Column: Over a Cup of Coffee

Column: Over a Cup of Coffee

My pre-session public hearings are always informative. The hearings help me gauge public opinion on a variety of issues. And constituents provide excellent suggestions on state government.

Thanks to all who participated in my telephone meeting as well as my public hearing recently. I also appreciate the persons who have and who will complete my online survey at One participant at the public hearing at Reston Community Center made a particularly good suggestion. His concern was with discrimination against individuals because of their sexual orientation and with Virginia’s constitutional amendment prohibiting same-sex marriage. He suggested that I and other legislators like me who opposed the same-sex marriage amendment and who introduce bills prohibiting discrimination based on sexual orientation should have a discussion "over a cup of coffee" with those on the other side of the issue. To hear his testimony, go to I could not agree more. It is one way that mature and responsible adults solve problems. It is the way that political compromises are often reached. It permits serious discussion without the glare of outside influences. Why isn’t it done more, and why are important issues not resolved this way? A number of factors make such discussions difficult.

There are honest, deeply held, different opinions on many issues including sexual orientation. Some uphold their beliefs based on their religious teachings, Bible quotations, and personal biases while others cite the Bible, Constitution, Declaration of Independence, and personal experiences to reach entirely different conclusions. These differences are the most difficult to overcome, but sometimes they change. Recently, the Governor of the State of Washington changed her views that had been based on religious beliefs to become a supporter of same-sex marriage. Her statement on YouTube is at and is worth watching.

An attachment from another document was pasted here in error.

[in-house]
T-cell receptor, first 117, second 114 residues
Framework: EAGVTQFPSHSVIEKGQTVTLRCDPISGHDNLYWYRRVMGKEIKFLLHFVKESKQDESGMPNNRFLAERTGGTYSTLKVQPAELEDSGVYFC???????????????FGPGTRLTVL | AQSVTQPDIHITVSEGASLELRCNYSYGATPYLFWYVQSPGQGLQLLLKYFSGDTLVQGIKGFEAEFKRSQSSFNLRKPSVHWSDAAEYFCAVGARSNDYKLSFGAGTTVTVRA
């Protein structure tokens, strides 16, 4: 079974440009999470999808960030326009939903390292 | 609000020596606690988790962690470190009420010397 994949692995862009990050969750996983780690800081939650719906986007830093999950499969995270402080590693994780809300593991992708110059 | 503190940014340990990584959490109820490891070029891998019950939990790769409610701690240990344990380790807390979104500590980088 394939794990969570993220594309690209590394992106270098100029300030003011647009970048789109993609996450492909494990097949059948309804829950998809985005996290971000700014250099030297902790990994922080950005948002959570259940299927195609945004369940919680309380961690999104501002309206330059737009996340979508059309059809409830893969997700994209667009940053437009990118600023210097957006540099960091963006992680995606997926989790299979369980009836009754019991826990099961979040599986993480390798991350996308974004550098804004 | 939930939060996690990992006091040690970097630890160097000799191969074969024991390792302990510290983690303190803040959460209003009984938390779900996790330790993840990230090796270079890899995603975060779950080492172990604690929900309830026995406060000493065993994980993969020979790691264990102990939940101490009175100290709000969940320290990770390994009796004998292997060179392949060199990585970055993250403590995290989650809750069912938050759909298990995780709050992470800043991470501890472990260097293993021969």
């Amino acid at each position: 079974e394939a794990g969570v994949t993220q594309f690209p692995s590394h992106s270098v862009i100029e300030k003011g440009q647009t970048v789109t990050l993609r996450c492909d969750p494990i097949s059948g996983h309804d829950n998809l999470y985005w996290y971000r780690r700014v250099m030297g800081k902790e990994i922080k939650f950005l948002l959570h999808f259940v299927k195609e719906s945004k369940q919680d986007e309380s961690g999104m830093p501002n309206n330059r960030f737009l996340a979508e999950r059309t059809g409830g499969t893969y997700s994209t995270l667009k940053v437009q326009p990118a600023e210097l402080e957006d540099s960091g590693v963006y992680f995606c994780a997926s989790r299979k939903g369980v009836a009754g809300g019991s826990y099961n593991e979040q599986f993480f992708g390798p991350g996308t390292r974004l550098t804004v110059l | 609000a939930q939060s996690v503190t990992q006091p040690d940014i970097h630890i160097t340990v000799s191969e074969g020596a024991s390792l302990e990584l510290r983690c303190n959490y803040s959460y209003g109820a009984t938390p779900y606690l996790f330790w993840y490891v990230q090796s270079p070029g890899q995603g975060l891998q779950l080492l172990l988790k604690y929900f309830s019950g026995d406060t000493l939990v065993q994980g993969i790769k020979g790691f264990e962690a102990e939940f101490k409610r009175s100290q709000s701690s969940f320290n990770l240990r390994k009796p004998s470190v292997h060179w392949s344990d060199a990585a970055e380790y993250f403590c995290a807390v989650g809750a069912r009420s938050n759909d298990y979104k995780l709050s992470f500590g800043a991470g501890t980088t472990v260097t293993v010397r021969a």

Other differences are political based on the prevailing opinions of members of a political group. I have had conversations with legislators who have told me that my bill to end discrimination is the right thing to do, but they cannot vote with me for fear of recriminations from their own party. Primary challenges, changes in committee assignments, and unfavorable action on other bills are some of the ways that political bodies enforce their will. The "binding" caucus rule of the House Republican Caucus has been one of the greatest obstacles to reaching compromise on important legislation. The rule requires members to cast their vote with the majority of the members regardless of their personal or constituents’ views or face the consequences listed above.

Another factor standing in the way of understanding and compromise is consideration of who gets credit. Broad-based solutions may seem to take the limelight from individuals who want to get the credit for solving a problem. This is not just a concern for political groups; it is a problem for business and society in general. I learned to forget about seeking credit long ago.

While there are hurdles to overcome, my constituent is correct. More time needs to be spent over a cup of coffee, or in my case, water or juice. Informal conversation can lead to understanding and compromise. The people of Virginia will be the winners!